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Tips: Senior pets and pressure sores- bedding advice

Tips: Senior pets and pressure sores- bedding advice

Similar to humans, dogs may develop pressure sores if they lie on their bed or floor for long periods of time, if their mobility is reduced. Pressure sores often develop over bony prominences (the bony points with very thin skin and little fat covering) such as the hips and elbows causing damage to the skin barrier and discomfort.

Wednesday 26th May 2021

Pressure sores should not be confused with thickened skin or callouses, which also occur over bony points, often in larger breed dogs, but are a defensive response to protect these areas. Pressures sores, or pressure ulcers, are physical damage to the skin areas where the blood supply is restricted due to external pressure. This occurs most often as our doggy friends age or develop conditions where they may be unable to change their position easily. When they spend more time lying down in the same position, pressure sores (pressure ulcers) may start to develop.

What do early pressure sores look like?

At the initial phase of pressure sores, the first thing you will notice is the hair thinning around the bony prominences. They are commonly seen at hip, elbow, hock (ankle) and knee joints of a dog. It is important to note that they can still occur in dogs who have already developed thick calloused skin earlier in their lives. If unprotected, the shin may become red and inflamed, due to the pressure applied from the surface of the bed/ floor.

What makes pressure sores so concerning?

With the repetitive pressure, rubbing and trauma to the surface of the floor and bedding, the broken skin turns into a wound which will continue to worsen, resulting in infection and open weeping wounds that are unable to heal. This is painful and causes great discomfort to our four-legged friends and greatly affects their quality of life. It is extremely difficult to treat once it occurs and requires significant amount of care and treatment for the wounds to heal. Therefore, prevention is the key!

What you can do to prevent pressure sores:

  1. Barrier Cream: A good barrier cream such as Vaseline or Sudocrem for human babies can be applied to the area to protect the skin from damage. You may clean the area with warm saline (salt water) and wipe it dry, cool blow dry and then apply a thin layer of cream. Don’t let the skin become too soft or wet.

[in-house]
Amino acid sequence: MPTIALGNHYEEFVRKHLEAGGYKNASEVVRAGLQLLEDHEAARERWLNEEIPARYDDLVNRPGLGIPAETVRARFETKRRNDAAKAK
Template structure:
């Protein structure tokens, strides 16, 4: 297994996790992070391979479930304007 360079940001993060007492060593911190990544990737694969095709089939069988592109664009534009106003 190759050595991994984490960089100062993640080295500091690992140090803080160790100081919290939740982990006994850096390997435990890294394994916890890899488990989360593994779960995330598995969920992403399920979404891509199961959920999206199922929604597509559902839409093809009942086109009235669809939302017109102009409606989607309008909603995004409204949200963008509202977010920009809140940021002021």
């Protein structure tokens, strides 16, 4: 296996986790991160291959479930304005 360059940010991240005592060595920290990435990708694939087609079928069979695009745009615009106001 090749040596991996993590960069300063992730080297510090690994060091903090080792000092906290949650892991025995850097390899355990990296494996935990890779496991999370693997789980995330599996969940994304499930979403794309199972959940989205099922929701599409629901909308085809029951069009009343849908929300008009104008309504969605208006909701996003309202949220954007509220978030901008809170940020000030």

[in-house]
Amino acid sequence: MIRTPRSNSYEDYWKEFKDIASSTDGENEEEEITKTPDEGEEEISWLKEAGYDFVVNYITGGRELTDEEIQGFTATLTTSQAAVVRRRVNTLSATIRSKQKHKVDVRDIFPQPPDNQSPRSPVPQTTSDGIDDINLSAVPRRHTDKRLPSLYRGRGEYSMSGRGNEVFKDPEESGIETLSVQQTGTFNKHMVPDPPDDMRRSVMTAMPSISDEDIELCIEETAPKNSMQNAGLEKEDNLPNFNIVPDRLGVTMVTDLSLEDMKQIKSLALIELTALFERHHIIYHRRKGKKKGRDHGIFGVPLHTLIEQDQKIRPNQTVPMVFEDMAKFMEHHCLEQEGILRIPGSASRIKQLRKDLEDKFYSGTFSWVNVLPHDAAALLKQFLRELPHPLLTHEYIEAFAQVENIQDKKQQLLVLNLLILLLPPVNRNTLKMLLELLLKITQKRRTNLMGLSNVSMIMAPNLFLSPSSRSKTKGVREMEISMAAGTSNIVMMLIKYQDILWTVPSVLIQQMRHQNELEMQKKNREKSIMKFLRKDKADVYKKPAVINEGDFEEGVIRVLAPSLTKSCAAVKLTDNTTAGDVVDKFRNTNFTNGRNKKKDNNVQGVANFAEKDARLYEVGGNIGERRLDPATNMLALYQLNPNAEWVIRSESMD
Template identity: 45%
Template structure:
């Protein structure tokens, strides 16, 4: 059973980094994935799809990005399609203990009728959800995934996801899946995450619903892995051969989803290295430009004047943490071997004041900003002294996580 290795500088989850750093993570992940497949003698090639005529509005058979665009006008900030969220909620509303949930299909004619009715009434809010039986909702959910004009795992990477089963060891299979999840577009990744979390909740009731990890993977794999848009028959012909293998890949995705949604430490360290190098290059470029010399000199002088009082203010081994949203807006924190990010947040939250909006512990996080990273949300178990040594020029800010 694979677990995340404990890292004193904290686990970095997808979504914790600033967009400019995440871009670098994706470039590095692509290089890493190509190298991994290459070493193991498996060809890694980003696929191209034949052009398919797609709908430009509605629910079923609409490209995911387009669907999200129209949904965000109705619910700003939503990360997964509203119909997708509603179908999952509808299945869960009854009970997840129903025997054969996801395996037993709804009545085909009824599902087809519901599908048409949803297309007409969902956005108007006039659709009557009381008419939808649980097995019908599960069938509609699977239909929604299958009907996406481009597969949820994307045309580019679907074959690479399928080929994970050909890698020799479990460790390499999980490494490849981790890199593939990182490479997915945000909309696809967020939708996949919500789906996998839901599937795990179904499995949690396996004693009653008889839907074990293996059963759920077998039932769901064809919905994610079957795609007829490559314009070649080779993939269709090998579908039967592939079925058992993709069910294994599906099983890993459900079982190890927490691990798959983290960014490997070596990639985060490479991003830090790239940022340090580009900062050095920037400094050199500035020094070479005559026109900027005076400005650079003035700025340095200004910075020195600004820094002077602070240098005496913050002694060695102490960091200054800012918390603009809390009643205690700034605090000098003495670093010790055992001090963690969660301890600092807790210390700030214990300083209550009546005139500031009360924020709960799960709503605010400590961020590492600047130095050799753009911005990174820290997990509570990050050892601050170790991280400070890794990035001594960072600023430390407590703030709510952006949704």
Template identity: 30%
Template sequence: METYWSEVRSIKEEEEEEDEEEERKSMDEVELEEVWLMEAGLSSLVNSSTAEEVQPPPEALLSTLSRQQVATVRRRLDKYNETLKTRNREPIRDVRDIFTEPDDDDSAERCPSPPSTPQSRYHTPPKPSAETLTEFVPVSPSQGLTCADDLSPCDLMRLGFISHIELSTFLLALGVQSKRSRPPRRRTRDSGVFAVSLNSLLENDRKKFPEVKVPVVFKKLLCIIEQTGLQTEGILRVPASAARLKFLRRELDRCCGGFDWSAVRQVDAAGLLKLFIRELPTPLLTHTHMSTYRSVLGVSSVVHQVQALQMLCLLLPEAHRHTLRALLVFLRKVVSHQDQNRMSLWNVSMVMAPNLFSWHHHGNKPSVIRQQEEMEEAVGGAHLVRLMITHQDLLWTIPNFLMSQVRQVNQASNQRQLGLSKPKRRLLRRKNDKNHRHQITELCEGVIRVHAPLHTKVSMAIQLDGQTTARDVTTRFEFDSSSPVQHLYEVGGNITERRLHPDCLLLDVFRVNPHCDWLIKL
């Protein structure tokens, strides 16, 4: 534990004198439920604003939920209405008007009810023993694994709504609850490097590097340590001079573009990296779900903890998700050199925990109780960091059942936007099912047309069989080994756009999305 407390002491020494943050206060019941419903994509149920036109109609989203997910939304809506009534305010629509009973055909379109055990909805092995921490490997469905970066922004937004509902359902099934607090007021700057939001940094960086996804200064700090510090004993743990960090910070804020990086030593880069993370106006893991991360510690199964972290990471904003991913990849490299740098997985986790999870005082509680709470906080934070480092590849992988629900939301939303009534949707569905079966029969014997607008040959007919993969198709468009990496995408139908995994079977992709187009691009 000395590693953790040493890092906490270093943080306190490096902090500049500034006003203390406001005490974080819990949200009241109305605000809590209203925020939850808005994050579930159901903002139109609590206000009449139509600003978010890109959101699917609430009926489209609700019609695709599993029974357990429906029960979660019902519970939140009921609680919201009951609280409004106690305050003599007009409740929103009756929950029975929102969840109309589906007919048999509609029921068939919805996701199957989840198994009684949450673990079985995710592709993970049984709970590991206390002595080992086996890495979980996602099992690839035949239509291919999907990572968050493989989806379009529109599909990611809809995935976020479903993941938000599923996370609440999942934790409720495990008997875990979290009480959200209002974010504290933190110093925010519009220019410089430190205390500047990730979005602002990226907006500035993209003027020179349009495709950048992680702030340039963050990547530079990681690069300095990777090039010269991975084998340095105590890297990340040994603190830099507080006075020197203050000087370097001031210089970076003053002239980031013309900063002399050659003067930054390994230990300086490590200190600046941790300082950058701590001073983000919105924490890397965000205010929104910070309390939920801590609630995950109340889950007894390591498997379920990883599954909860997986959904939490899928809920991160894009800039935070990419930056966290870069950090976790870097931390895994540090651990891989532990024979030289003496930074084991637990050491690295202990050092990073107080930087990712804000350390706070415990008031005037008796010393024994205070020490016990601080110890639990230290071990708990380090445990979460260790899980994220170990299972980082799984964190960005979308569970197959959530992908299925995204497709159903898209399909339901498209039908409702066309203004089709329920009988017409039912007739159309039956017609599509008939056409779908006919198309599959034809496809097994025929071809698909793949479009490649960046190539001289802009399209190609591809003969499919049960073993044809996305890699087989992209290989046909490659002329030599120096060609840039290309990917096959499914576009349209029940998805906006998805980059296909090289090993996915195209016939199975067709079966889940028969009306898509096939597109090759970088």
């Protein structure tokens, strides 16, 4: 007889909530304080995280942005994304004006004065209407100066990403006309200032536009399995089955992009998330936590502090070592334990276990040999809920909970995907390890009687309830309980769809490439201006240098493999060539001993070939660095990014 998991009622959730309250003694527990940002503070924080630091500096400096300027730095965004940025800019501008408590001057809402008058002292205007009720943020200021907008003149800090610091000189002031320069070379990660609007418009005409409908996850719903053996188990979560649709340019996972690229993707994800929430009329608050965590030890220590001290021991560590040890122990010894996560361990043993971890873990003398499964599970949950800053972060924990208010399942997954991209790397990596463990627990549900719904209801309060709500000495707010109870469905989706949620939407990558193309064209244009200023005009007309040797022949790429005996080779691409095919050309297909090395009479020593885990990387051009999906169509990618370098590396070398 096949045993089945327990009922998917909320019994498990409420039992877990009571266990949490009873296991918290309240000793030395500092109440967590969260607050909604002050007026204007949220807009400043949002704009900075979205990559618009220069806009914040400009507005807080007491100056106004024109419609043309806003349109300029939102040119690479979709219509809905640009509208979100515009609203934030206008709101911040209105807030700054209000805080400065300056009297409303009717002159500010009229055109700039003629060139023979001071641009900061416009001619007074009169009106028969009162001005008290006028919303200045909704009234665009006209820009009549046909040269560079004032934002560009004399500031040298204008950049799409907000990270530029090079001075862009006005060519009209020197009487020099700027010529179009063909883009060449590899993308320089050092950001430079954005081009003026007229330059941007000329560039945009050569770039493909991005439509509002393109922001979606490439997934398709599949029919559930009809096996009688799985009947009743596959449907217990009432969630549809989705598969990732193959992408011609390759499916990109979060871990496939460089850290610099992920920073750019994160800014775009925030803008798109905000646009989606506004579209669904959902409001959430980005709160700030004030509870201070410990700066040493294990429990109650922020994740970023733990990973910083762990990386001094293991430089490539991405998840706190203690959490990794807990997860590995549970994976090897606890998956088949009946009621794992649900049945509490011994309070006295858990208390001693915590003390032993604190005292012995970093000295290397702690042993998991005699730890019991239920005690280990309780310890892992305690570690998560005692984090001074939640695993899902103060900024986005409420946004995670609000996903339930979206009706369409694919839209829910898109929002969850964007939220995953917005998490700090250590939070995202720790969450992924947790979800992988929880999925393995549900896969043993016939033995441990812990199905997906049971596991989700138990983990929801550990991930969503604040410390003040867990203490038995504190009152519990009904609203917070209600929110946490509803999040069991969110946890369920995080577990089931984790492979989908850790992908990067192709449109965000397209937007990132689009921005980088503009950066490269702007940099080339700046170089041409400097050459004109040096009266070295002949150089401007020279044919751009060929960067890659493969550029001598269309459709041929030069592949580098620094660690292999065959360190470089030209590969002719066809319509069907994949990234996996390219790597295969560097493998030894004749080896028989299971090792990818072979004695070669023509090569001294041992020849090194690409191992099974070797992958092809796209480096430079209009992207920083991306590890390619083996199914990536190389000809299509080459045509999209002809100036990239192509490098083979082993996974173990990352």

2. Keep it dry: Prevent urine scald as much as possible- Often pets that are unable to get up themselves are unable to control when they urinate. Use incontinence pads or male belly wraps to soak away the wet urine. Bacteria and moisture are not helpful!

  3. Positioning: Physically change the side your pet lies on at least every 3-4 hours during the day to ensure good blood supply. Get your pet standing (even supported) if possible, to allow the areas a break from the pressure.

  4. Massage: Ensure blood can circulate, gently massage the skin and tissues under the skin. Check out the snippet from our Online Massage course for simple massage techniques!

  5. Use thick padded bedding: Prevent lying on hard flooring where possible and provide cushioning over bony prominences. Do provide a firm and supporting orthopaedic bed with cleanable antibacterial and water resistance covers to wick moisture away. Sometimes even a good bed is not enough, and you will need to add additional support, such as soft ring cushions, or a donut-shaped support to lift the area and avoid any contact with the bony point and the bed or floor.
A donut-shaped cushion underneath Barney's hip joint helps to lift the pet away from constant contact with the floor or bedding.

A donut-shaped cushion underneath Barney's hip joint helps to lift the pet away from constant contact with the floor or bedding.

What to look for in an orthopaedic dog bed?

While searching for a suitable bed for your dog, ask yourself these questions: Can my dog get on and off their bed easily, without help? Does the bed provide enough padding to protect pressure sores? Can my dog move around on the bed easily? From that, we suggest a few key factors to consider while choosing a suitable bed especially for an older dog.

  • Larger than the dog – your dog should be able to change position easily and stretch out on the bed.
  • Comfortable and supportive – make sure the bed is firm enough that your dog can walk on it without tripping or stumbling. An over soft bed is difficult for older pets with weakness or balance issues.
  • Stable - Use a non-slip underlay underneath the bed to stop it from moving. Your dog will need extra effort to get on or off the bed on slippery flooring.

Time to get a new bed if your pet’s bed:

  • Just fits – that's too small; dogs needs to stretch and able to turn
  • Has high edges – Increased chance of tripping and adds pressure to joints
  • In hammock style – insufficient support for arthritic or larger dogs and a large step to get onto
  • Too soft and unstable – it will be hard for your dog to get up after lying down
A bed too small will leave your pet's limbs hanging

A bed too small will leave your pet's limbs hanging

Still unsure? Consider our Silver+ Contour Memory Foam Dog Bed. This will be the dream bed for your dog! The memory foam mattress provides a firm and supporting structure by reducing the number of pressure points. It has a both a waterproof inner cover and antibacterial cover. Remember to pick a size that is big enough for your dog to stretch out and have sweet dreams!

memory foam bed

Sir Ralph in his comfy yet supportive memory foam bed!

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